The Greatest Thing Forgotten

Discussion in 'World War I' started by plan_D, Nov 14, 2005.

  1. plan_D

    plan_D Active Member

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    The Influenza Pandemic of 1918-1919 struck the world during the closing stages of World War I, it claimed 25-40 million lives while infecting over one half of the worlds population at some point or another.

    Unlike normal illnesses the influenza strain was more likely to kill people from twenty to forty years old, rather than the usual young children or the elderly.

    Thought to have begun in the U.S at an army base, it spread throughout the world with the mass mobilisation. And it depressed the U.S persons life expectancy by ten years.

    It caused more death and suffering than the Bubonic Plague in the 14th Century, and it caused more death than the Great War itself. Society's answer to this tragedy has been to forget it. Yet, it was a time not only of death but also a time of strain on medical science.

    Medical science had advanced at an alarming rate in the decades before World War I. The Germ Theory and anti-biotics had been developed, it seemed there was nothing medical science couldn't solve. Then the new strain of influenza struck and medical science didn't know what to do. People were dying within hours of catching the disease and the scientists of the time believed it was a bacteria related disease ... they had no clue that it was a virus, which was too small to see with the mircoscopes in those days. Only electro-microscopes can see a virus - and people in the early 20th Century didn't even know the virus existed.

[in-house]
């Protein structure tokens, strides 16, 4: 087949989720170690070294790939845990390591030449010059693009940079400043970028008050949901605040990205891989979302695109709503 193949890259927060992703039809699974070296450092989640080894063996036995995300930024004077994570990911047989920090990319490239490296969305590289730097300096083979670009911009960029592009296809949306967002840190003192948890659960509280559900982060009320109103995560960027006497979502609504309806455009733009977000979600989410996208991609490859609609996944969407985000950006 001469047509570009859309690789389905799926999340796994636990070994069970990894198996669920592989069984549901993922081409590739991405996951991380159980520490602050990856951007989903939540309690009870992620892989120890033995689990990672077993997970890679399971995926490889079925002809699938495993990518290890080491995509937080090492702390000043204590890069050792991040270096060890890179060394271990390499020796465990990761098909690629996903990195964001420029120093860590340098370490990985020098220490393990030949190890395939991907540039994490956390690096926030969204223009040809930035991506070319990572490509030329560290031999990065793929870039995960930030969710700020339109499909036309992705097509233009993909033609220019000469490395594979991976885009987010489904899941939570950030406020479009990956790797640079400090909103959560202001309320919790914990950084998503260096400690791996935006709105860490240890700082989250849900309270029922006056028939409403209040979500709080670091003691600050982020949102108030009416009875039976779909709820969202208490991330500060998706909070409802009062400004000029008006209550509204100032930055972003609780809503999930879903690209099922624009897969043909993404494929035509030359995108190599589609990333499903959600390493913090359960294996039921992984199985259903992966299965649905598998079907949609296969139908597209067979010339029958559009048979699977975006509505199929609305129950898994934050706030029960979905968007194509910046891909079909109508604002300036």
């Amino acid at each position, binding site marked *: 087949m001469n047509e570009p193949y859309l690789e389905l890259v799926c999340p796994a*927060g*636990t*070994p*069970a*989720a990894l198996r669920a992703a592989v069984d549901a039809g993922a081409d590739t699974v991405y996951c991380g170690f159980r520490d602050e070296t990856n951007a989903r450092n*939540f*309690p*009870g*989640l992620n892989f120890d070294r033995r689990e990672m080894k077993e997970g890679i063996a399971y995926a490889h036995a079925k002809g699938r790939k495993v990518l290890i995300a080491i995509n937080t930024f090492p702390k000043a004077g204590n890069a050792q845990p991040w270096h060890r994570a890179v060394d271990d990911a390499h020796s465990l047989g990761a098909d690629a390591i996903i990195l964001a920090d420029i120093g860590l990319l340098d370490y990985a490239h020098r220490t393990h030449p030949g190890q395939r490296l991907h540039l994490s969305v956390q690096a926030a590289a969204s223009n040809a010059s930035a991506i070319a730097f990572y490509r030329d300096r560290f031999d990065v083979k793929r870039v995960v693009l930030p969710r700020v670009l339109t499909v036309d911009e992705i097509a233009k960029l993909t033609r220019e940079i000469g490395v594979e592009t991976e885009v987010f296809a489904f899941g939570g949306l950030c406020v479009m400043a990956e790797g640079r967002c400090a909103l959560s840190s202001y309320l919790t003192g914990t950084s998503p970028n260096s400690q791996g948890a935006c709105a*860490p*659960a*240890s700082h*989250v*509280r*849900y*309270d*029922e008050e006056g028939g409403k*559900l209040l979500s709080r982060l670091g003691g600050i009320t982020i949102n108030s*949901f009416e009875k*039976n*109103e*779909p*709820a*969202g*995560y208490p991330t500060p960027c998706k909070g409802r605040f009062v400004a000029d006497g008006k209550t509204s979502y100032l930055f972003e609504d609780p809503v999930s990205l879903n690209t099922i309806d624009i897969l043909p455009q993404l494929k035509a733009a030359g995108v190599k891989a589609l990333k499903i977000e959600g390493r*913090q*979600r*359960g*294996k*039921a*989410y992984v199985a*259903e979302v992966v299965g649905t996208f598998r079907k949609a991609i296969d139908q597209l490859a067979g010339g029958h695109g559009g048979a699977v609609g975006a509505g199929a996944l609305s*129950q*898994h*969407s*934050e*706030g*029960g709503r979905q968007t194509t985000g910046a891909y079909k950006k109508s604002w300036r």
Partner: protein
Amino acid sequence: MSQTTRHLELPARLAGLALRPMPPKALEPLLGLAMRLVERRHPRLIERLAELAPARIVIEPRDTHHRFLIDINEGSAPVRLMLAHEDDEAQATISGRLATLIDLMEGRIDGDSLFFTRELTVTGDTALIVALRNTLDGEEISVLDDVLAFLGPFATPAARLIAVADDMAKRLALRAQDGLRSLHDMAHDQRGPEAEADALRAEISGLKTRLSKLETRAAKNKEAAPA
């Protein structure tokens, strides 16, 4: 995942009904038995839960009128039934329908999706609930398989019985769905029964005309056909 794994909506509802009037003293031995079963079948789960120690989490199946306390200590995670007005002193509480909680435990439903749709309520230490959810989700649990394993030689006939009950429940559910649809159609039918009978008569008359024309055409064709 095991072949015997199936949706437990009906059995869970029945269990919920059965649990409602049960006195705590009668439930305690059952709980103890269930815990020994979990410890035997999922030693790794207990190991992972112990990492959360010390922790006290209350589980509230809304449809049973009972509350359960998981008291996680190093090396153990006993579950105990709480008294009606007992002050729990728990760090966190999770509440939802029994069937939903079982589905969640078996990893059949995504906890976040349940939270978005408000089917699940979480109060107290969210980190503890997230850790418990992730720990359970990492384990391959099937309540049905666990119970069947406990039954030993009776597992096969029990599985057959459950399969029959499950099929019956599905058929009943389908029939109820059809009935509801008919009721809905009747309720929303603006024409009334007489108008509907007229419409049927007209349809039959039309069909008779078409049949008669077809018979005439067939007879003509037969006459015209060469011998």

"It was like looking for a needle in a needle stack without knowing which needle they were looking for, and they couldn't see it even if they found it..."
     
  2. kiwimac

    kiwimac Active Member

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    Apparently the 1918 flu was related to the Bird Flu. I'll see if I can rustle up the links for thats.

    Kiwimac
     
  3. kiwimac

    kiwimac Active Member

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    Here it is:

    Source: http://www.guardian.co.uk/print/0,3858,4852681-112338,00.html
     
  4. kiwimac

    kiwimac Active Member

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    Here it is:

    Source: http://www.guardian.co.uk/print/0,3858,4852681-112338,00.html
     
  5. mosquitoman

    mosquitoman Active Member

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    Yep, all that needs to happen now is for H5N1 to infect a human cell which is already infected with a human version of flu virus. Once this happens the DNA of both viruses will combine and human-human transmission is able to occur.
     
  6. syscom3

    syscom3 Pacific Historian

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    In terms of numbers, it killed more than the bubonic plague pandemic of the 1300's.

    But in a per capita rate, and the huge impact on society, the black death was far more deadly than the Spanish Flu.
     
  7. Gnomey

    Gnomey World Travelling Doctor
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    I don't forward to that happening, especially as no effective treatment has been found yet. It could create a few problems in the world and would spread in a similar way to SARS did a few years ago.
     
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